On the Adriatic coast of Dalmatia region, Croatia, the city of Zadar takes its place. More than 3000 years old, city has tumultuous and dynamic history. During World War II the settlement was heavily bombed and, unfortunately, demolished. However, chaotic reconstructions were being held in order to rebuild Zadar after the end of war.
During construction of the city, the most charming place – north-western seafront of peninsula was turned into monotonous, concrete wall, neglected and hardly visited by the citizens. When in 2004 the Zadar Port Authority decided to revive recreation in this area, a special emphasis was given to the seafront. They had chosen to build an arrival jetty for cruise ships as a gateway to the city. The idea was to enable passengers disembark straight to the centre of downtown. However, the arrival point was not as representative as the Port authority wished. In order to increase attractiveness of the Port for the tourists a main architect of the project Nicola Bašič has conceived representatives of authority to improve a key detail – to structure an attractive staircase on the coastal line. Though this was not enough. The architect generated ideas about how the energy of waves could be used to make melodious and harmonic sounds. He came up with an idea of organs, which like pipes were the best choice to create a unique amusing touristic object. That is how the Morske Orgulje or Sea Organ was born in 2005.
On its surface, the organ looks like large marble steps, leading into Adriatic Sea. The sculpture is 70 meters long and has 35 organ pipes placed under concrete steps. Different length and diameter pipes create various sounds that converge into beautiful harmony. There are whistles placed on the pipes, which play seven chords of five tones. The movement when the sea pushes air through the pipes start to play chords. The sound comes through five sets of perforated stone stairs. Each set holds five organ pipes and each is tuned to a different musical chord.
This place brought only advantages to the city. Thanks to this Sea Organ music project, the inhabitants of Zadar have restored their relation with the sea. It became extremely popular spot for culture and sports, but most of the time people just like to sit here and enjoy the panoramic view, especially sunsets. Visitors say the sound is “hauntingly memorable” and “rather rhythmical and even hypnotizing.” Various concerts are being held here as well. Sea organ attracts tourists from all over the world. Besides cultural side, it has a practical function too – Sea Organ is part of harbour, where cruise ships rest. After leaving the ship the first object that tourists see is this gorgeous place. This idea helped to develop tourism as well. Additionally, today it is a centre for gathering, a good destination for a walk through town, and also a great place to spend your leisure time.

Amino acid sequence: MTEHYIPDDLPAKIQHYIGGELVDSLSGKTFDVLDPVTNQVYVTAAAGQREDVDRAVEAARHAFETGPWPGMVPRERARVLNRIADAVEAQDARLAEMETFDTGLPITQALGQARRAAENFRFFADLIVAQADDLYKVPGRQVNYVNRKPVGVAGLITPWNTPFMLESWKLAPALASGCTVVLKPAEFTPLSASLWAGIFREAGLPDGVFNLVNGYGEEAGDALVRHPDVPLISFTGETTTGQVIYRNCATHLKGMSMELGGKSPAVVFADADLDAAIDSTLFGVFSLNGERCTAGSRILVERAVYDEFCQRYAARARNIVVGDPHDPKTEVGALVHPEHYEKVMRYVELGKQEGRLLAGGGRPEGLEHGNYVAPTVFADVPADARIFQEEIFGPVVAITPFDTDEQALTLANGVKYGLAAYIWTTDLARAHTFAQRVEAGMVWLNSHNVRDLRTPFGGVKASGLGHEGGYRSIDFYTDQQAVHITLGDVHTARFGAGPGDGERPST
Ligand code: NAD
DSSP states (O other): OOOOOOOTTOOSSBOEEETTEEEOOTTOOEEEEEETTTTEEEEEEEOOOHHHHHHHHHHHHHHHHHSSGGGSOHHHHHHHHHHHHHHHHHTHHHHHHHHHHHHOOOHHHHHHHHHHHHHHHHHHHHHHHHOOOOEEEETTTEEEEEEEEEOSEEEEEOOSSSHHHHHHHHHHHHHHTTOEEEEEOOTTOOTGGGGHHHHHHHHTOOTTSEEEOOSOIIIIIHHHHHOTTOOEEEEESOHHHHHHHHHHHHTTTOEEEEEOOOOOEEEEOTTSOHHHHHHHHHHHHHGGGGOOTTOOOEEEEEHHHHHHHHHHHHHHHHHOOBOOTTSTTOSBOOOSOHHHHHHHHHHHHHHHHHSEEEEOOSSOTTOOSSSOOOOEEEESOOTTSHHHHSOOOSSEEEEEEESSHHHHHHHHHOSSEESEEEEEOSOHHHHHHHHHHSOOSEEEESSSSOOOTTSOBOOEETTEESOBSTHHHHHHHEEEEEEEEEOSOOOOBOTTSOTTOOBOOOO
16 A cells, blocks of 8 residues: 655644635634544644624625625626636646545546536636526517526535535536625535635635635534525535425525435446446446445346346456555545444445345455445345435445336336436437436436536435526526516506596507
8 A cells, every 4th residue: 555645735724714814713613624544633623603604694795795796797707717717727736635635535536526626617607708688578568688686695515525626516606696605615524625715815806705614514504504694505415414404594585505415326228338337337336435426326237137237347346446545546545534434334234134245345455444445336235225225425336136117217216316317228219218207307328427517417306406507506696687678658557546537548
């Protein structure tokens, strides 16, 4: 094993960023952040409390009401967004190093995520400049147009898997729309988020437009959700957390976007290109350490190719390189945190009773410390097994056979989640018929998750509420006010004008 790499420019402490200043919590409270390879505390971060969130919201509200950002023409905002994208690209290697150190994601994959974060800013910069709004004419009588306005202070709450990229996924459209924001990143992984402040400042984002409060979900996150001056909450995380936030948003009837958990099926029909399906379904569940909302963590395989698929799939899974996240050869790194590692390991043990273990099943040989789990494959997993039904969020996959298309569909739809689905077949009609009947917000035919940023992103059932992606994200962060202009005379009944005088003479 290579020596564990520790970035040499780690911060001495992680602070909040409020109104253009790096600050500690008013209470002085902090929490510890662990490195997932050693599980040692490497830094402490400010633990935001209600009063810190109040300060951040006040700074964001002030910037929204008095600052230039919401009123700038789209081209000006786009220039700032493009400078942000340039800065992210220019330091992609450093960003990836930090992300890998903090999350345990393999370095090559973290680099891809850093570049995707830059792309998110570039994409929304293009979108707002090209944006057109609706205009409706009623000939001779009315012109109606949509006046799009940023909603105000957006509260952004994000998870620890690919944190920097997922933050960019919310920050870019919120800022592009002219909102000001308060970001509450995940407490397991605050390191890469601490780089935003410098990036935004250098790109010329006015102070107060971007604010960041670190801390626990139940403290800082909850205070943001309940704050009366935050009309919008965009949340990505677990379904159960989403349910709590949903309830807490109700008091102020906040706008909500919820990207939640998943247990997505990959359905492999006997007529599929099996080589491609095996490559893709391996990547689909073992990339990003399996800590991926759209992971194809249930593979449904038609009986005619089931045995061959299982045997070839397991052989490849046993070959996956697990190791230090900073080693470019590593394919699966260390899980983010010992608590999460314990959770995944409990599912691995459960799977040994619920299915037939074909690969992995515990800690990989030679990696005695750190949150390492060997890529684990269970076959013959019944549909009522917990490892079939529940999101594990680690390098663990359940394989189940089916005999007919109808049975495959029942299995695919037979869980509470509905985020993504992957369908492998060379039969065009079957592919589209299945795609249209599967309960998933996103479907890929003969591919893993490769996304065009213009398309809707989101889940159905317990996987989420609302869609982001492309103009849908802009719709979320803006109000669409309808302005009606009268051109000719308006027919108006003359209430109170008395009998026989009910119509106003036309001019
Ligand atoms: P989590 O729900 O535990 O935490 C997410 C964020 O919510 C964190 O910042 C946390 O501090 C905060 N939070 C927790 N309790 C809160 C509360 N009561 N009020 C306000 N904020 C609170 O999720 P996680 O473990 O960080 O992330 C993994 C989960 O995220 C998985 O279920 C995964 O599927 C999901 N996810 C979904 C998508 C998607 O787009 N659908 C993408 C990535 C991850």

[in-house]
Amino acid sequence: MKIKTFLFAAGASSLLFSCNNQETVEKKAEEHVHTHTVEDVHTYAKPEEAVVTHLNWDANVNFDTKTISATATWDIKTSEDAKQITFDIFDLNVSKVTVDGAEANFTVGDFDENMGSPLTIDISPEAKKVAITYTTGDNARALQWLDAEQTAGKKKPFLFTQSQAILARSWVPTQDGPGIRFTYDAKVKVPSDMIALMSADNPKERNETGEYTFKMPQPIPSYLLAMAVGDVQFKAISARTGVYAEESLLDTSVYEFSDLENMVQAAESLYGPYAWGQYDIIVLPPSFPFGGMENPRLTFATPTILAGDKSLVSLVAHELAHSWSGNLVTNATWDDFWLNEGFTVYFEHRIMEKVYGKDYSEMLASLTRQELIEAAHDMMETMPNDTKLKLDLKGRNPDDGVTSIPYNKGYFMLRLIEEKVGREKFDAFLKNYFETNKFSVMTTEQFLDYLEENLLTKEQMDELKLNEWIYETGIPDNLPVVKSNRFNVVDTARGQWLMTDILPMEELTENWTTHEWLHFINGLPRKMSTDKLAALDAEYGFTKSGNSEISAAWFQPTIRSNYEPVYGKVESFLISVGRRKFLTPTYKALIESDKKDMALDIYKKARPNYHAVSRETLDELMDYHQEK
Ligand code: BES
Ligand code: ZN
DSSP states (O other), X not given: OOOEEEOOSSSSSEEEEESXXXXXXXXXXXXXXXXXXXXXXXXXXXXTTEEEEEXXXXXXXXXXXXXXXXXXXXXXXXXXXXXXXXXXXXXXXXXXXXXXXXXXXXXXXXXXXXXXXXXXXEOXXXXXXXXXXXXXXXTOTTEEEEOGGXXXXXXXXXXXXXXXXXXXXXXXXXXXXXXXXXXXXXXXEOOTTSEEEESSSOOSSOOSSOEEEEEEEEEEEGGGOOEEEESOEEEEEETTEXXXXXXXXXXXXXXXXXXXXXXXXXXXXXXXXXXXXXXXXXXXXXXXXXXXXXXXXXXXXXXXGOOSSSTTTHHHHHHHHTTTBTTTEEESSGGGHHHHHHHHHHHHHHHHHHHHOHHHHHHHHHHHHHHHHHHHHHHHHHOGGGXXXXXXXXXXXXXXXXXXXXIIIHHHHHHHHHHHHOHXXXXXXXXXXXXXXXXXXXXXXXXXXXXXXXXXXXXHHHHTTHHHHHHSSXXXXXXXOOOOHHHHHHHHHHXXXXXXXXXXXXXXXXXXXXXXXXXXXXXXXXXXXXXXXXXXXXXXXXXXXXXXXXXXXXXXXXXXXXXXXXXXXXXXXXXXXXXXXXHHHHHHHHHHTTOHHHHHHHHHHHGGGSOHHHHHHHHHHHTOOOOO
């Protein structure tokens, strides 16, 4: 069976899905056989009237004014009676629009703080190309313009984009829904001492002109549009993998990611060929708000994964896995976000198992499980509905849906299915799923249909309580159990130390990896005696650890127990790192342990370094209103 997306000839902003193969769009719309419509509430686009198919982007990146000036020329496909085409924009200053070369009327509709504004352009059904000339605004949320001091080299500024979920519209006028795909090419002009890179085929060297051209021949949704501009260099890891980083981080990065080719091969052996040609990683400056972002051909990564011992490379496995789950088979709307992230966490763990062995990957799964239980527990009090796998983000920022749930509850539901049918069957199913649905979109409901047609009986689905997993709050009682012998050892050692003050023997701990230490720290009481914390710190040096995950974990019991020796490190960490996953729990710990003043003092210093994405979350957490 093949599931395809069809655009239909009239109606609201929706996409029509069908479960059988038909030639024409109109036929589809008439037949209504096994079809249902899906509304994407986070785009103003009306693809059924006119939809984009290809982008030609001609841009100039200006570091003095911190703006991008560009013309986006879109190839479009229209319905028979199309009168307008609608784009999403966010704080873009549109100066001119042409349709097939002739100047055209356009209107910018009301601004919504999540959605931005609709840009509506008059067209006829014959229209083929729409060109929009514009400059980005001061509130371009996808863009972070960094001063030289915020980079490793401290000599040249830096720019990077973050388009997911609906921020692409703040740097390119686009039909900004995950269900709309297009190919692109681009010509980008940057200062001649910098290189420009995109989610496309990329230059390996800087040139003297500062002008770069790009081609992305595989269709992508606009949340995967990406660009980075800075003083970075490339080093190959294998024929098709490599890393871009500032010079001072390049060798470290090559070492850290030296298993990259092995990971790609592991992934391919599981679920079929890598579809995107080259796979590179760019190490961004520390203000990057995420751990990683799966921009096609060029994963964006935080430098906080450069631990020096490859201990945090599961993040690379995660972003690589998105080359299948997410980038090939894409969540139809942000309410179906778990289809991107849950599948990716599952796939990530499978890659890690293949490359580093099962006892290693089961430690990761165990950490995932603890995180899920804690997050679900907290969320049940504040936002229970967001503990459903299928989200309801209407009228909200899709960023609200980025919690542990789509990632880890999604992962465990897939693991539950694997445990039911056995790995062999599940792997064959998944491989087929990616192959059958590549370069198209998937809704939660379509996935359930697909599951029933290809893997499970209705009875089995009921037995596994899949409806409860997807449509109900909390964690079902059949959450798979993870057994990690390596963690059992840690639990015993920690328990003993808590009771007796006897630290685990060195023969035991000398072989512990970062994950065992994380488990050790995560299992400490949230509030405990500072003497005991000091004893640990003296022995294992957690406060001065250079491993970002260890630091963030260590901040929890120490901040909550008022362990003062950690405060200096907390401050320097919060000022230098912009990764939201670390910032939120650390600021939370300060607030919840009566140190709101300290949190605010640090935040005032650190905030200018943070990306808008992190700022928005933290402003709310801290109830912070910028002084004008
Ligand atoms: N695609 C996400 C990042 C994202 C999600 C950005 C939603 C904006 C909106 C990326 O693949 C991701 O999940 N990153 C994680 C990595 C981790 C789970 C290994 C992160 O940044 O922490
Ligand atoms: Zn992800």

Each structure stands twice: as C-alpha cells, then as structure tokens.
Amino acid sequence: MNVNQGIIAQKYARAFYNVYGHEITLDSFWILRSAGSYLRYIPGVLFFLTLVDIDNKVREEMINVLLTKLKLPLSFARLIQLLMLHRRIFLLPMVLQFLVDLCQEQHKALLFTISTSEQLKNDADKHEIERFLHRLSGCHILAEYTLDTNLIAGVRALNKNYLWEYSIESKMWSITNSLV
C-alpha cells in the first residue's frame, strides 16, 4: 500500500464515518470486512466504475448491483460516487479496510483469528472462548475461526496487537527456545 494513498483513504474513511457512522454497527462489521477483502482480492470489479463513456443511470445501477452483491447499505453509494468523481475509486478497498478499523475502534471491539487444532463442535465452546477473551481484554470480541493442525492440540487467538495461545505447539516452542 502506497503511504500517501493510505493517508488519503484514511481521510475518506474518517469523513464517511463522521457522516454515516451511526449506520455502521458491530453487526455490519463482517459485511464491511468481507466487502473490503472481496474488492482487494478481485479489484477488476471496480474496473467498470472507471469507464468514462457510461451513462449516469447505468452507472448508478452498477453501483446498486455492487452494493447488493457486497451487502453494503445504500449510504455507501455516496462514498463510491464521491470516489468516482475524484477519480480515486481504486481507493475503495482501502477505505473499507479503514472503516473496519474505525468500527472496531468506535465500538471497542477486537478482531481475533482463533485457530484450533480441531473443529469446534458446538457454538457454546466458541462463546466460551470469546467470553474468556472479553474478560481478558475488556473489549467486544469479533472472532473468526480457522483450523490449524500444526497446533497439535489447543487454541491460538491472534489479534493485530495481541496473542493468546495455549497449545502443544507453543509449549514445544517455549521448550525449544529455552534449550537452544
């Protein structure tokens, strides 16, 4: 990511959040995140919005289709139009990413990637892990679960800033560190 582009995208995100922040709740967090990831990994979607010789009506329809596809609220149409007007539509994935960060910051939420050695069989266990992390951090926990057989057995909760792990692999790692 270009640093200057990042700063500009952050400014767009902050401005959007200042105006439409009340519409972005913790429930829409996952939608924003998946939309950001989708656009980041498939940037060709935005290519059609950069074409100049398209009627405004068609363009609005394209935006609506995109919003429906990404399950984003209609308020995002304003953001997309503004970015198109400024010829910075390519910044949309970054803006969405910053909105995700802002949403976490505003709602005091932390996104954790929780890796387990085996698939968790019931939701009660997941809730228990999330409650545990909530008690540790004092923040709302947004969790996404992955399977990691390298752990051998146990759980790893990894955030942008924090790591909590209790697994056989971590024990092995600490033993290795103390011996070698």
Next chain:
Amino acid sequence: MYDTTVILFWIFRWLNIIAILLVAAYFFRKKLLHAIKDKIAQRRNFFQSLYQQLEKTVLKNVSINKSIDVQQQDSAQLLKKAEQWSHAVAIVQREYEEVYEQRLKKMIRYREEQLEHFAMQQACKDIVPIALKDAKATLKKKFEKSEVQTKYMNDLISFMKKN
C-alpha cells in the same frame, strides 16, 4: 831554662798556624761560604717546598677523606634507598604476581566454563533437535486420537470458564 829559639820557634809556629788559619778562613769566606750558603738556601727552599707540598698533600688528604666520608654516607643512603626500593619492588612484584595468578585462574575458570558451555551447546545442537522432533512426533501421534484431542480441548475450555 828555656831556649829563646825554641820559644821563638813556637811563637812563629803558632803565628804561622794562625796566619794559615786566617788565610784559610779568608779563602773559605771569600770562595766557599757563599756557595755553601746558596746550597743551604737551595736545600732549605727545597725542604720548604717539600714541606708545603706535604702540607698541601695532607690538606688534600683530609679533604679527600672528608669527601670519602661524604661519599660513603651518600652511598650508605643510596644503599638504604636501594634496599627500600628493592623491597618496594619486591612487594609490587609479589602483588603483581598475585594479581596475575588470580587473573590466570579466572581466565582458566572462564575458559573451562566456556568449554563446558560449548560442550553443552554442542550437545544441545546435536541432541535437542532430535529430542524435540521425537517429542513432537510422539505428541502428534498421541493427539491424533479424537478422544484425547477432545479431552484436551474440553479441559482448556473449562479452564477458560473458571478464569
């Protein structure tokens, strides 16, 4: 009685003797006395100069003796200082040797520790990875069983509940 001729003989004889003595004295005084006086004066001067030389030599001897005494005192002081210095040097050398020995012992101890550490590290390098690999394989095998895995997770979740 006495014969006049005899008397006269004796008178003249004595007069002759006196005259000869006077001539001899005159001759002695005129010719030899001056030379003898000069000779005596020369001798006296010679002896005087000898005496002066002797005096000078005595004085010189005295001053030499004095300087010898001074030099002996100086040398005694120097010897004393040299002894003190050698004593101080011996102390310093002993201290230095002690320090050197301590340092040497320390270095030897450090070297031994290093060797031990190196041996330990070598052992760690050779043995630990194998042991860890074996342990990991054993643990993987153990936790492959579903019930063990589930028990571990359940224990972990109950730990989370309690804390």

There are only three sea organs built in the world. The first „Wave organ“ was built in 1986 in San Francisco bay by Peter Richards. The second – „High tide organ“ was constructed in 2002 and is located in United Kingdom. And the third „Sea Organ“ was built in Zadar in 2005. All these organs differ in their shape, purpose and construction. Despite previous sea organs, Zadar „Morske orgulje“ excels for its formal simplicity.
In 2006 architect Nikola Bašić received the European Prize for Urban Public Space in Barcelona for his Zadar Sea Organ project. This project was the best among 207 candidate projects across the whole Europe.
„If you are in Zadar, don’t miss out on visiting the Sea Organ, this is just something really special. It’s like nothing I ever experienced before, it’s like the sea is singing for you, and all you have to do is enjoy.“-Christina S. Romania
„Great place to sit and relax after sightseeing. Very peaceful music made by the sea. This place is very popular so there’s always lots of people but still it’s good to sit and enjoy the views, music and famous Zadar sunsets.“ – Jusia G. Ireland
„A unique experience of sound and beauty – an amazing coastline which you can admire whilst hearing the sounds of the sea. A must see!“ – D. Paulos Australia